The provider had quality assurance systems in place however these had not identified the concerns we found during our inspection. Therefore, we found a breach of the regulations with regard to good governance.

People and their relatives spoke very positively about the registered manager. A registered manager is a person who has registered with the Care Quality Commission to manage the service. Like registered providers, they are ‘registered persons’. Registered persons have legal responsibility for meeting the requirements in the Health and Social Care Act 2008 and associated Regulations about how the service is run. The registered manager was visible and active in the home and everyone we spoke with including staff found them approachable. People and their relatives described staff as caring. We saw some sensitive and gentle interactions between staff and people.

People’s support needs were assessed prior to admission to ensure the home could meet their needs and to ensure there were enough staff to provide a quality service. The staff team was well established and were familiar to people. The staff recruitment procedure was robust to ensure the safety of people who use the service.

People’s care plans contained their views and stated how they wished to be supported. Staff reviewed care plans on a regular basis. People were appropriately supported when they reached the end of their lives because the provider had suitable arrangements in place for this purpose..

People told us they felt safe living at the home and the registered manager had reported safeguarding adult concerns appropriately. Staff had received safeguarding adults training so they knew what to do if they suspected people were at risk of abuse.

Nursing staff administered people’s medicines and medicine administration records were completed without errors or omissions.

Staff had received infection control training and were provided with disposable protective equipment to help prevent cross infection.

The registered manager and provider understood their responsibilities under the Mental Capacity Act 2005 and applied for Deprivation of Liberty Safeguards appropriately. People were supported to make choices by staff who gained people’s consent before offering care. The policies and systems in the service supported this practice.

Staff received a thorough induction and appropriate training and support to undertake their role.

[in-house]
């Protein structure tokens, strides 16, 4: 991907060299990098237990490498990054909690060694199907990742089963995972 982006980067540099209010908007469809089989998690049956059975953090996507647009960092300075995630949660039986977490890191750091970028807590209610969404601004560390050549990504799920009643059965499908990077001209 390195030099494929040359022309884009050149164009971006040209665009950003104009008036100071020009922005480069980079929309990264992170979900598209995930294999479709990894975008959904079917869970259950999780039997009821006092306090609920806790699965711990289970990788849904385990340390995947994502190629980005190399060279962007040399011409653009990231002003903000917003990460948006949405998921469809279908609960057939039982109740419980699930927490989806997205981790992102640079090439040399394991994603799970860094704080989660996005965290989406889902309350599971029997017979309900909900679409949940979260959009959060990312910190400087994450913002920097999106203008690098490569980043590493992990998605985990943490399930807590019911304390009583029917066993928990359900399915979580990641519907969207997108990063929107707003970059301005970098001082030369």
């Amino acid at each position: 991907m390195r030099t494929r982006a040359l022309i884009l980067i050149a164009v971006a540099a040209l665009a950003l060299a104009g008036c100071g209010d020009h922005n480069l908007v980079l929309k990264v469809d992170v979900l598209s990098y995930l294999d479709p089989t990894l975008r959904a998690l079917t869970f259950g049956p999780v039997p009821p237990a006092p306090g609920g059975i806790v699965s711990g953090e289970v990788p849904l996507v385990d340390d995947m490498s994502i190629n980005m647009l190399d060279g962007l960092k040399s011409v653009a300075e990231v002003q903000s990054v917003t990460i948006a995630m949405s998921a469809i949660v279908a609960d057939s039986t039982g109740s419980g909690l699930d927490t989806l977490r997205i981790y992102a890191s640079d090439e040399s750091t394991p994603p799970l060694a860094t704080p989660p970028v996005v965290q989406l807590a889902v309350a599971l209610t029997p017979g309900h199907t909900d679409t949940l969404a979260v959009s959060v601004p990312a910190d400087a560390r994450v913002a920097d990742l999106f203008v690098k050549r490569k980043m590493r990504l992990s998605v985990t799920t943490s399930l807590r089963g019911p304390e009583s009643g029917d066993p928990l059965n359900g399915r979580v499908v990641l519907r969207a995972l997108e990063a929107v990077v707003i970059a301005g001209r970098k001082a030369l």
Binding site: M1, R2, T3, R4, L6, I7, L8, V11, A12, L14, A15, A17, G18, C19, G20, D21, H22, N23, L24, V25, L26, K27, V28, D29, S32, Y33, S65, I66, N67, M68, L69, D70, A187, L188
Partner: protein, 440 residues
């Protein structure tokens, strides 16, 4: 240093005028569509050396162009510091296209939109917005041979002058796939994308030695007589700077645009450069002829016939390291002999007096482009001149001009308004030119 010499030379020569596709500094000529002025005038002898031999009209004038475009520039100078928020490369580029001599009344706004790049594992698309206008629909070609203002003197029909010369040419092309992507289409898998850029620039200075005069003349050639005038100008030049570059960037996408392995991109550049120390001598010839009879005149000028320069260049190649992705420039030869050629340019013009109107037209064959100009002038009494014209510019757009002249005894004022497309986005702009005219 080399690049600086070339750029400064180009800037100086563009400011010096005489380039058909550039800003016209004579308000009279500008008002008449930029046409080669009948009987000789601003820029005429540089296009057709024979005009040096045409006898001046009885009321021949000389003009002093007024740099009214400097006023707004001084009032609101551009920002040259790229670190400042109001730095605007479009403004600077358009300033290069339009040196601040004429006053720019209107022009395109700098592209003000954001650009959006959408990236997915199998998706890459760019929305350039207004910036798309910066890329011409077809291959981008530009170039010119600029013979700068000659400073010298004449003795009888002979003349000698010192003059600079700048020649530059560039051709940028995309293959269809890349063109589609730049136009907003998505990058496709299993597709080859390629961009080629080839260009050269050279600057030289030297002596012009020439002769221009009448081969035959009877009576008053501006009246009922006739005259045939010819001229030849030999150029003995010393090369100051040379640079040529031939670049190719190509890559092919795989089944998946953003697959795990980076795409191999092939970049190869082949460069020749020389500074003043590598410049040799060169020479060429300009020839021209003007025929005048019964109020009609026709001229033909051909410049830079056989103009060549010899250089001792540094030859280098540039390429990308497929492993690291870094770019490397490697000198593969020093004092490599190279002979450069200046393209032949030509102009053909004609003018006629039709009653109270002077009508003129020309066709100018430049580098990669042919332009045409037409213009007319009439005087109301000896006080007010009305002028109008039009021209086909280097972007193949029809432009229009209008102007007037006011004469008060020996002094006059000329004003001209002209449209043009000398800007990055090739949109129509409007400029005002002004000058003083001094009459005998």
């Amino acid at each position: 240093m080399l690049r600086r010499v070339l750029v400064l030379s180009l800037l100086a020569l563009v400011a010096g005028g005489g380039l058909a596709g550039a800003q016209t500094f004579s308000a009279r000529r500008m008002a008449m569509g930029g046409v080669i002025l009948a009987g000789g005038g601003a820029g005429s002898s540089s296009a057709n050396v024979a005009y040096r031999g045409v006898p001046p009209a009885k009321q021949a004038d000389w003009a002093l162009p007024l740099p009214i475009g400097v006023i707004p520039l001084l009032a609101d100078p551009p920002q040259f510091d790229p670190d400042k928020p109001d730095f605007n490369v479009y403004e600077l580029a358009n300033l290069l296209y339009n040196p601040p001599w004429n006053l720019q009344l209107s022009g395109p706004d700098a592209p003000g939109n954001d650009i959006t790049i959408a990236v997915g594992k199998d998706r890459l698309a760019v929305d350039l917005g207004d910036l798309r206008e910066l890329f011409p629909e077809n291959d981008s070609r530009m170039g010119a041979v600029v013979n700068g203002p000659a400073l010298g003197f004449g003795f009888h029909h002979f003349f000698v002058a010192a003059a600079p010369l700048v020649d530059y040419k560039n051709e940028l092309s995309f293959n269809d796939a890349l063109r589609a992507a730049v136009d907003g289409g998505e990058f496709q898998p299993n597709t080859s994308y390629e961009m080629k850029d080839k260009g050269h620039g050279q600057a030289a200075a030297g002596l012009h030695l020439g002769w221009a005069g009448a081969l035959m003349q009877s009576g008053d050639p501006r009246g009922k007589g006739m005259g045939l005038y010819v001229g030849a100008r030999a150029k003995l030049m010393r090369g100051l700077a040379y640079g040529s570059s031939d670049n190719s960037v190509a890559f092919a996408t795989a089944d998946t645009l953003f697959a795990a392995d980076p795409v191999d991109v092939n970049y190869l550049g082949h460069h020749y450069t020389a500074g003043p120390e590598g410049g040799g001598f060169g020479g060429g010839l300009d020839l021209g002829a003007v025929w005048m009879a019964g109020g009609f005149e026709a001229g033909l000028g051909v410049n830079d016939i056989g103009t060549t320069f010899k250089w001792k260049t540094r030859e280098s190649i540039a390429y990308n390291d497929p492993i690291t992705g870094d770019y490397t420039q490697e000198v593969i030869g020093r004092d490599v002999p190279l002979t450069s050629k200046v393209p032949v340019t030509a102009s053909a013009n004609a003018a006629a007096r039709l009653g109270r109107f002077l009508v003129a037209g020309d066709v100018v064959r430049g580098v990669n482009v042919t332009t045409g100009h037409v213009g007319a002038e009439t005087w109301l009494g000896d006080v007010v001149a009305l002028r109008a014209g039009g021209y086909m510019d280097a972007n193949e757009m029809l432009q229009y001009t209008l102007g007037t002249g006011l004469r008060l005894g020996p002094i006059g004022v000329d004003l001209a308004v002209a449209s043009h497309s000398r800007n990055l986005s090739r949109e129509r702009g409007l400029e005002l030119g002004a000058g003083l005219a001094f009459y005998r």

Staff supported people to access the appropriate health services in a timely manner. There was close liaison between the service and the palliative care team.

People were supported to eat a nutritious and healthy diet and remain hydrated.

People and staff said they felt comfortable in raising concerns and knew how to complain. Auditing and checks took place to ensure the quality of the service.

The service worked in partnership with health professionals and asked for feedback to monitor and assess the quality of the service provided so they could make any identified improvements.

We found a breach of the Health and Social Care Act 2008 (Regulated Activities) regulati

Inspection carried out on 18 and 19 June 2015

During a routine inspection

The inspection took place on 18 and 19 June 2015 and was unannounced. The last inspection of the service was on 21 September 2013 and there were no breaches of Regulation identified.

Ealing Manor Nursing Home is a nursing home registered to provide accommodation, personal and nursing care for up to 33 older people with a range of nursing care needs including palliative care. At the time of our inspection there were 33 people living at the home.

There was a registered manager in post. A registered manager is a person who has registered with the Care Quality Commission to manage the service. Like registered providers, they are ‘registered persons’. Registered persons have legal responsibility for meeting the requirements in the Health and Social Care Act and associated Regulations about how the service is run.

Staff had been trained in safeguarding and showed a good understanding of safeguarding procedures.

People had individual risk management plans to help them stay safe. Regular health and safety checks were carried out on the premises and on equipment used during care delivery.

People received their medicines from staff at the required times.

People told us there were enough staff available to give them the support they needed. Staffing levels were determined by people’s needs.

Staff were knowledgeable about how to meet people’s needs. Staff attended regular training to update their knowledge and skills.

The provider met the requirements of the Mental Capacity Act (2005) and the Deprivation of Liberty Safeguards (DoLS) to help ensure people’s rights were protected.

People’s nutritional needs had been assessed and where appropriate people received the support they needed to eat and drink sufficient amounts. People had input into their care from external healthcare professionals, as and when necessary.